The story of how a new era of Indigenous filmmaking began in Canada

In 1968, a new NFB program started using film to amplify the voices of marginalized communities

In 1968, it dawned on the National Film Board that it was time for films about Indigenous people to actually be made by Indigenous people. This decision was first developed through the Company of Young Canadians, the Canadian equivalent of the U.S. Peace Corps, and the NFB’s Challenge For Change (CFC) program, an activist documentary project that ran from 1967-1980. The project produced a large body of work that focused on social issues and marginalized communities, and was inspired by the idea that film could be used as a medium to spark discussion between authorities and communities.

Challenge For Change lead to some lasting developments — inspiring the model for public access television, for example, and creating a wealth of discourse about the ethics of documentary filmmaking. But the CFC also embodied a utopian vision of cinema as a tool for mobilizing social change that could never live up to the rhetoric, and some of the bureaucracy’s decisions regarding the CFC were problematic — the least of which was the idea that CFC members, being in positions of power and privilege, could best represent marginalized peoples themselves.

Earlier films made about Indigenous issues through the CFC, like Indian Relocation: EIliot Lake and Cree Hunters of Mistassini, led to new ideas on how to represent the points of view and voices of film subjects. While the importance of self-representation in media is well-accepted today — as evidenced by our conversations about Hollywood’s lack of diversity, for example — back in the 1960s, the idea of giving marginalized people filmmaking equipment was much more radical. In 1968, intensive workshops for young Indigenous people from across the country formed the inaugural Indian Film Crew (IFC) — and while some CFC members, like George Stoney, felt the workshop program’s implementation was clunky and ill-advised, there’s no doubt that some tremendously important and eye-opening documentaries came about as a result of the creation of the IFC.

One of these films, produced by Stoney, is 1968’s You Are On Indian Land. Directed by Michael Kanentakeron Mitchell and Mort Ransen, the black-and-white film documents the demonstration by the Mohawk of the Akwesasne Reserve near the bridge dividing Canada and the U.S. near Cornwall, Ontario, in which protesters blocked the bridge to draw attention to the violation of their treaty rights. The protest’s set-up, confrontations with the police and consecutive rounds of arrests are caught on a roaming camera that adopts the direct-cinema style of documentary filmmaking.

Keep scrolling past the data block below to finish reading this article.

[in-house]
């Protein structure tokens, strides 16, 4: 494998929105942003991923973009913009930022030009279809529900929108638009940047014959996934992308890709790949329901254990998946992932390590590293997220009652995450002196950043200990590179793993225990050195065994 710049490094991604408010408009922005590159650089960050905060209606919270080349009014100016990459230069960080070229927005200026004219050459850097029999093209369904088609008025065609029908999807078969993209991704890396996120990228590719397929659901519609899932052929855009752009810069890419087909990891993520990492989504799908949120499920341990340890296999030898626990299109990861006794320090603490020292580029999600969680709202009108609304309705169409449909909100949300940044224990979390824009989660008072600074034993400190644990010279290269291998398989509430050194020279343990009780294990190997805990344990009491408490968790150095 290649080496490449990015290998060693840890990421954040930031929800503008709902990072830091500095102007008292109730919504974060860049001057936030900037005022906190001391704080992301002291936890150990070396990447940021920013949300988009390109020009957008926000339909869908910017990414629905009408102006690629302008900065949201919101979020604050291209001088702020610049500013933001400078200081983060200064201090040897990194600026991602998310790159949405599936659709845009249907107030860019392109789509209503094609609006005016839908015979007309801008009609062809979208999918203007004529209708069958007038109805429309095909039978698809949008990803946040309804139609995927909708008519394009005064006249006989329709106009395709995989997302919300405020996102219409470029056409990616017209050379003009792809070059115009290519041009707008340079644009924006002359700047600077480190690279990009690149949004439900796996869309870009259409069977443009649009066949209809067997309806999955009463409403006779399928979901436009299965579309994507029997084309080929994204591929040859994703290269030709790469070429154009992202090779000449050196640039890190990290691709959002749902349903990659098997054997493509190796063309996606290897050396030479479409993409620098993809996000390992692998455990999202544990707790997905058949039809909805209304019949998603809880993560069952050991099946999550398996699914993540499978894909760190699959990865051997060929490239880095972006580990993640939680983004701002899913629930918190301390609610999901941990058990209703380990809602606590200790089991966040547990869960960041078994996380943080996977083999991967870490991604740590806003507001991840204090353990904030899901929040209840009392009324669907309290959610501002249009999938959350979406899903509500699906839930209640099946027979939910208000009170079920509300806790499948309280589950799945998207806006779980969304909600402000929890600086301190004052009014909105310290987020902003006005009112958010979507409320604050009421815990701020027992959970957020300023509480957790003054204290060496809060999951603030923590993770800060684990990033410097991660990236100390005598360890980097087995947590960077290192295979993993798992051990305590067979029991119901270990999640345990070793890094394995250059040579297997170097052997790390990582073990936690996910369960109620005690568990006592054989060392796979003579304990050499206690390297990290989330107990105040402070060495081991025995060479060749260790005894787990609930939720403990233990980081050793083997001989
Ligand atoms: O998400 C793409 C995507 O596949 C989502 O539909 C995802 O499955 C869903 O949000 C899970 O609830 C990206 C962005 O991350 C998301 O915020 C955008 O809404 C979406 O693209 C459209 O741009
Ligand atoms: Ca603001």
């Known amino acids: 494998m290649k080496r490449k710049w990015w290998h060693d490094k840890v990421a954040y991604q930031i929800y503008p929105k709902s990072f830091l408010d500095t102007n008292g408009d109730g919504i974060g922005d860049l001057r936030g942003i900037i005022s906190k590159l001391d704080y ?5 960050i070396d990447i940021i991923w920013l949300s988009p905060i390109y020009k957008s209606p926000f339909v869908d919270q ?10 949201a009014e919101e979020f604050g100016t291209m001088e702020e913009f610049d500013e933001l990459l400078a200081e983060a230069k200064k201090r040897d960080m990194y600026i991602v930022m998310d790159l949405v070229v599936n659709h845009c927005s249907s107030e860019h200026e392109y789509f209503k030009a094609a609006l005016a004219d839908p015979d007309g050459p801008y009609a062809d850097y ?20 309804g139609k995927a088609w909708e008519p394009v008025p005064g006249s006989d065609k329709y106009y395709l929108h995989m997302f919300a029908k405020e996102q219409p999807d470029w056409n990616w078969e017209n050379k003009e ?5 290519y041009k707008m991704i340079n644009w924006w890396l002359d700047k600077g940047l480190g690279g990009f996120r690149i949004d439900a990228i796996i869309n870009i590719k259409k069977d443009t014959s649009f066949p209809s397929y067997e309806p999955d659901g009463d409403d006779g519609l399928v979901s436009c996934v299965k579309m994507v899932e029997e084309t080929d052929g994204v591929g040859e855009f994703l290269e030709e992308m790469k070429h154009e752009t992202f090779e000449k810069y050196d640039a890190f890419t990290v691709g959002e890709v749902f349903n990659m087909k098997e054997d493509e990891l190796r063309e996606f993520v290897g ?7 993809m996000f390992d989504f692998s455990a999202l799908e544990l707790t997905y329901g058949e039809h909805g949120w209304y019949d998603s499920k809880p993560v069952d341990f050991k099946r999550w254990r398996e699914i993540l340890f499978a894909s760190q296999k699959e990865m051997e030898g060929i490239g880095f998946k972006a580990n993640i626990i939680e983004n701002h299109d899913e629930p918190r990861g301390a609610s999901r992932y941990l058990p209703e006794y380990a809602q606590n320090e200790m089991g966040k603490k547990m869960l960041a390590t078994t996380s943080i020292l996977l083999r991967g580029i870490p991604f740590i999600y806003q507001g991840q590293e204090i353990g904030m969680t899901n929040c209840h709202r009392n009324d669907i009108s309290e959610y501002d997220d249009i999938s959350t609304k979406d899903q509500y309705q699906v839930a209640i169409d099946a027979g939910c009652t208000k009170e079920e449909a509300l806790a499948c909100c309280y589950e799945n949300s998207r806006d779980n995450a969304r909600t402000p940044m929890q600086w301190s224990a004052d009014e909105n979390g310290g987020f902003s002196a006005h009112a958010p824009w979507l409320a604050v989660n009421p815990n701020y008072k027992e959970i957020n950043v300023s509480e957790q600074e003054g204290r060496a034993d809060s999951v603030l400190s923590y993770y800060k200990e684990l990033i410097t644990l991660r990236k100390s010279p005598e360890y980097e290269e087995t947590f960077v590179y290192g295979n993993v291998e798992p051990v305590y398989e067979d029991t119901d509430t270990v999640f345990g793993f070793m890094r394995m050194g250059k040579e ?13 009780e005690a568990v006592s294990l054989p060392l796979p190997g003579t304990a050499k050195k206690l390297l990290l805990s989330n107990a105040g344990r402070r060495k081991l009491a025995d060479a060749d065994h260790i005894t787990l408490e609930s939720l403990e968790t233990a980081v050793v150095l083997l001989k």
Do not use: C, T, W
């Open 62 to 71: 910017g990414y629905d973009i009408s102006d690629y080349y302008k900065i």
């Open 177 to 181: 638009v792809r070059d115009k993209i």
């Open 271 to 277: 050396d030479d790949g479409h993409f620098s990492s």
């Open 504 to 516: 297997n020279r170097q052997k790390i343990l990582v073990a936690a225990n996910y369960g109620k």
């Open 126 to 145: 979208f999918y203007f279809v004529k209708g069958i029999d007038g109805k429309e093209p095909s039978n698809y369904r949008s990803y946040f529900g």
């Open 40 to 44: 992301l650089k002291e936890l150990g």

It’s one of the most poignant films made by the NFB, and its dissemination through community screenings had a powerful impact on the very events it was addressing, including attempts to show the film at the trial. How the film came together is remarkable, too. CFC films required a fair degree of planning and preparation beforehand — being an extension of a bureaucratic institution likely didn’t help in expediting production. Mitchell, a young chief of the tribe who helped lead the protest, asked Stoney for a film crew the day before the protest. Despite the short timeline, Stoney was able to pull things together in less than 24 hours. It wouldn’t have normally been possible, but Stoney, an American documentarian who was new to the NFB, didn’t understand proper protocol and used this outsider status as a way to circumvent restrictions.

Unfortunately, cuts to the Company of Young Canadians eventually led to the dissolution of the Indian Film Crew in the 1970s. One of its members, Noel Starblanket, wrote frankly of his frustrating experiences in a CFC newsletter: “We are deeply interested in this communications medium and have discovered that we are dealing with a powerful outlet for emotion and a power that even administrations recognize…But we may not be able to carry on our work with full independence. Our future is not assured. Is a strong, independent voice for the Indians worth supporting?”

The answer of course, should have been yes, but it took a while for the NFB to catch up. While the IFC did not last, the program had a lasting legacy on the importance of Indigenous voices in Canadian filmmaking and helped instigate future projects at the NFB to represent Aboriginal perspectives, including Studio One, the Aboriginal Filmmaking Program and First Stories. These programs have helped fund the works of Indigenous filmmakers like Alanis Obomsawin, Gil Cardinal and Neil Diamond — who are carrying the torch and inspiring a new generation of voices today.

Originally published on CBC Arts (February 24, 2017).

 

Leave a Reply

Your email address will not be published. Required fields are marked *